6. The Nabataean Tammuz and the Mandaean Baba (“Father”)


These transformations could be the key to what Ibn Wa´hshijah has preserved about a Nabataean Tammuz. He translates into Arabic from a book on “Nabataean Agriculture”:

In this there is a long report on Tammuz who was the first to teach a king to honour the 7 planets and the 12 signs of the Zodiac. The king had him killed, but after each execution he came back to life. After that the king had him executed 3 times, one after the other and in a very cruel manner, but after each execution he would come back to life until the third and last, after which he finally stayed dead[1].

This information about the Nabataean Tammuz is very important because, in spite of its shortness, it contains the very kernel of the myth about the god of vegetation. He can not die, but after each cruel execution he comes back to life in a new form, cf the English folksong about Jack Barleycorn, who is cut down by his ankle (I death), cast to the ground, bound and threshed with clubs (II death), and finally grinded between millstones (III death), and yet he lives in the fermented drink. Also Osiris is killed two times, and yet he comes back to life in his son Horus (to take revenge).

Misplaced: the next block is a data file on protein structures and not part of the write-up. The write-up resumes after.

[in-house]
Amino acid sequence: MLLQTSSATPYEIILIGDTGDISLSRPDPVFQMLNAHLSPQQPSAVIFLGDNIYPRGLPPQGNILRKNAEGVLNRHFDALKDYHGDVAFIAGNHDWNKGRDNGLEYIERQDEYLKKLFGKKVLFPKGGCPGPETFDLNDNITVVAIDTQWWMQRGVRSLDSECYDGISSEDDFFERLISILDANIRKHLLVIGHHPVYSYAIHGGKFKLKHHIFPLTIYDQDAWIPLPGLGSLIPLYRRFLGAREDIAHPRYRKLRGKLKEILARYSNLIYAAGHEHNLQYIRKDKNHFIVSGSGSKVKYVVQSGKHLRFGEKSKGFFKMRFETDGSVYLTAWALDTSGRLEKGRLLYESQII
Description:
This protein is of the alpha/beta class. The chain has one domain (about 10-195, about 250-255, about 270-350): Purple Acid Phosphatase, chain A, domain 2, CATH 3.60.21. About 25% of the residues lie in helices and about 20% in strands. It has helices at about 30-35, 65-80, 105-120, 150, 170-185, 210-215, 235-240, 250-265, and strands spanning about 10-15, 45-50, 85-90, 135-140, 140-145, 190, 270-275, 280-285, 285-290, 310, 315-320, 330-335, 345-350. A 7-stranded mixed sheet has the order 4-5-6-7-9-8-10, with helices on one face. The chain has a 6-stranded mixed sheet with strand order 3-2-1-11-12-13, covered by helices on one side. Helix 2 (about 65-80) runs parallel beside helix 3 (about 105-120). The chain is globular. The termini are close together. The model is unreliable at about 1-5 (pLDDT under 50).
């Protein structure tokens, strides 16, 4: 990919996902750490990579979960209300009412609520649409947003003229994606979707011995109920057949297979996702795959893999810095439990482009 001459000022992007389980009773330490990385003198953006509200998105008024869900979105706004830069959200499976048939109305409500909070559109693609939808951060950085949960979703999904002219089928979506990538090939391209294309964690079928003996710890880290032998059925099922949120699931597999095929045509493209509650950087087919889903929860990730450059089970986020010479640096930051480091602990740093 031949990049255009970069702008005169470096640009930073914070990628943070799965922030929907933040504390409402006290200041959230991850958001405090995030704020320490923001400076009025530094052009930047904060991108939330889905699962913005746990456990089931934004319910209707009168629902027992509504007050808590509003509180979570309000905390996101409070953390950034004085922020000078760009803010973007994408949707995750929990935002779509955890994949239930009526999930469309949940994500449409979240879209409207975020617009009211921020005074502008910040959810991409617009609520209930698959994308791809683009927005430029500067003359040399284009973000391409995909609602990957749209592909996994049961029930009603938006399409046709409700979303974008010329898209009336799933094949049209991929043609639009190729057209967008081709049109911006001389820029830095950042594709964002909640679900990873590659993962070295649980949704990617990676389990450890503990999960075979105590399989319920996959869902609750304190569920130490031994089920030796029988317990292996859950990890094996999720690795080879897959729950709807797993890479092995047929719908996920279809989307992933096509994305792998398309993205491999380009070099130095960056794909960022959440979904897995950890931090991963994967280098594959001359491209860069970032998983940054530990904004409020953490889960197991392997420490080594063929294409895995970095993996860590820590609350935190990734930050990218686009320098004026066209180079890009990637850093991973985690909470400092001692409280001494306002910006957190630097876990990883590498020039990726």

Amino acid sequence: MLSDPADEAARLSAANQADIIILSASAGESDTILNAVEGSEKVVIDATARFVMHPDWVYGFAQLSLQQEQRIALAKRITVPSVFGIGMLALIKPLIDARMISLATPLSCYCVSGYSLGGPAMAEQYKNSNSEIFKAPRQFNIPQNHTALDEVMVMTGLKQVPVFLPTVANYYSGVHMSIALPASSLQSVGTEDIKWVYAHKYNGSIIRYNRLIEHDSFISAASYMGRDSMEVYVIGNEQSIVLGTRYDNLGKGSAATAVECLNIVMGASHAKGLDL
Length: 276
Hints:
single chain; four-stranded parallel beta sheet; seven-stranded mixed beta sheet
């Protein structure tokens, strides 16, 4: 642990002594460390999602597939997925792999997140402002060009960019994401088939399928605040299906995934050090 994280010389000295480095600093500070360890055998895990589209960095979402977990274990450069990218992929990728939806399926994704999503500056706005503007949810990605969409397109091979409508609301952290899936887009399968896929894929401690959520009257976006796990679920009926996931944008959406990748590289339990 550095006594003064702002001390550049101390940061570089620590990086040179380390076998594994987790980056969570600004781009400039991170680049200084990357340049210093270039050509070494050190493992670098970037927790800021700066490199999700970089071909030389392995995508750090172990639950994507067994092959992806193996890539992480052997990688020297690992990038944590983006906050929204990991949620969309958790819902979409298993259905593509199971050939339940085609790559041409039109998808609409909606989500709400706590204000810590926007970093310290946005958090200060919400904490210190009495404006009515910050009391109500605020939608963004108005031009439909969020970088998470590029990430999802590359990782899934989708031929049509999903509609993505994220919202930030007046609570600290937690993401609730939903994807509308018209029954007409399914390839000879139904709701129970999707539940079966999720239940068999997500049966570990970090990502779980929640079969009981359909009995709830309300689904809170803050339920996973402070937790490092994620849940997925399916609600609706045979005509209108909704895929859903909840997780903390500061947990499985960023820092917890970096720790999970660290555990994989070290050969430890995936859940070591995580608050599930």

Also the Mandaean writings have preserved many traces of old folk religion:

“Sheep (Ram) is the chief of all creations ... For they call it ‘Ram’ and all mothers at their pregnancy call it ‘my impregnator’ because all things proceed from it ... Ewe and Ram (tata u baba) ... there is nothing like unto these two ancient and powerful primeval beginnings” The ram is the symbol of the life-giving juice: “…the lamb is of water, and water of life is the soul implanted in it, derived from it”.[2]

[1] Chwolson, Die Ssabier, II, p.606

[2] E.S.Drower, The Thousand and Twelve Questions, 1960, pp.175f.